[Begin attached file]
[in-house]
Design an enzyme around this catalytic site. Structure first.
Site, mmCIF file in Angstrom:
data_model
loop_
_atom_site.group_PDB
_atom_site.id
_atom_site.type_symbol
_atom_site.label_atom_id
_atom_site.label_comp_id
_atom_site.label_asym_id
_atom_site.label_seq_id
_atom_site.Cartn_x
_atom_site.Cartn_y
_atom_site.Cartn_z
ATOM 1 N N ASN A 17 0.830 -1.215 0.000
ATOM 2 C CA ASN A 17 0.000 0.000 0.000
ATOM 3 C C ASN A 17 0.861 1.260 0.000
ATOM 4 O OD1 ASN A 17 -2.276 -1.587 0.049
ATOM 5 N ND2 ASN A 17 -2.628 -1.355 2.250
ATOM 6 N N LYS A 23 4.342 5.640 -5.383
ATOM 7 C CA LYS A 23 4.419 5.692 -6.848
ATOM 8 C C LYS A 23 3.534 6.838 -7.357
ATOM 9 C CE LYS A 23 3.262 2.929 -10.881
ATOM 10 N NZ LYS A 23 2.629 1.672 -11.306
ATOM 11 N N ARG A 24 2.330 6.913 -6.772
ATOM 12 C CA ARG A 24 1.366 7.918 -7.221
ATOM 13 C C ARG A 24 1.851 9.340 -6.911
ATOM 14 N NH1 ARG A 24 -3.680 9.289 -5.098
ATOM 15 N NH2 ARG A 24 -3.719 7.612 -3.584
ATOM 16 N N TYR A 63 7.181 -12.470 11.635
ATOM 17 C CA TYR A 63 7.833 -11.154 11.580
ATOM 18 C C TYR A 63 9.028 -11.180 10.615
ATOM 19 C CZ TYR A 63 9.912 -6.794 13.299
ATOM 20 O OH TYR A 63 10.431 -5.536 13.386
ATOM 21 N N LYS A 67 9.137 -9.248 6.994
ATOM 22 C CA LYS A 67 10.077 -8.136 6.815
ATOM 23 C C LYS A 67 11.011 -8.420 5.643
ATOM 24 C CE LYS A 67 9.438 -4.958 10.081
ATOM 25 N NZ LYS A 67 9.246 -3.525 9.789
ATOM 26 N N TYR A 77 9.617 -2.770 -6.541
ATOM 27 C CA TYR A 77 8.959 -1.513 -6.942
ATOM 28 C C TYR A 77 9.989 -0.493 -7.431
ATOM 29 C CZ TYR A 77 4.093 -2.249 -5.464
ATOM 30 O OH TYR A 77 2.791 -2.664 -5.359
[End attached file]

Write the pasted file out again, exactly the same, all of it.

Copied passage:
[in-house]
Design an enzyme around this catalytic site. Structure first.
Site, mmCIF file in Angstrom:
data_model
loop_
_atom_site.group_PDB
_atom_site.id
_atom_site.type_symbol
_atom_site.label_atom_id
_atom_site.label_comp_id
_atom_site.label_asym_id
_atom_site.label_seq_id
_atom_site.Cartn_x
_atom_site.Cartn_y
_atom_site.Cartn_z
ATOM 1 N N ASN A 17 0.830 -1.215 0.000
ATOM 2 C CA ASN A 17 0.000 0.000 0.000
ATOM 3 C C ASN A 17 0.861 1.260 0.000
ATOM 4 O OD1 ASN A 17 -2.276 -1.587 0.049
ATOM 5 N ND2 ASN A 17 -2.628 -1.355 2.250
ATOM 6 N N LYS A 23 4.342 5.640 -5.383
ATOM 7 C CA LYS A 23 4.419 5.692 -6.848
ATOM 8 C C LYS A 23 3.534 6.838 -7.357
ATOM 9 C CE LYS A 23 3.262 2.929 -10.881
ATOM 10 N NZ LYS A 23 2.629 1.672 -11.306
ATOM 11 N N ARG A 24 2.330 6.913 -6.772
ATOM 12 C CA ARG A 24 1.366 7.918 -7.221
ATOM 13 C C ARG A 24 1.851 9.340 -6.911
ATOM 14 N NH1 ARG A 24 -3.680 9.289 -5.098
ATOM 15 N NH2 ARG A 24 -3.719 7.612 -3.584
ATOM 16 N N TYR A 63 7.181 -12.470 11.635
ATOM 17 C CA TYR A 63 7.833 -11.154 11.580
ATOM 18 C C TYR A 63 9.028 -11.180 10.615
ATOM 19 C CZ TYR A 63 9.912 -6.794 13.299
ATOM 20 O OH TYR A 63 10.431 -5.536 13.386
ATOM 21 N N LYS A 67 9.137 -9.248 6.994
ATOM 22 C CA LYS A 67 10.077 -8.136 6.815
ATOM 23 C C LYS A 67 11.011 -8.420 5.643
ATOM 24 C CE LYS A 67 9.438 -4.958 10.081
ATOM 25 N NZ LYS A 67 9.246 -3.525 9.789
ATOM 26 N N TYR A 77 9.617 -2.770 -6.541
ATOM 27 C CA TYR A 77 8.959 -1.513 -6.942
ATOM 28 C C TYR A 77 9.989 -0.493 -7.431
ATOM 29 C CZ TYR A 77 4.093 -2.249 -5.464
ATOM 30 O OH TYR A 77 2.791 -2.664 -5.359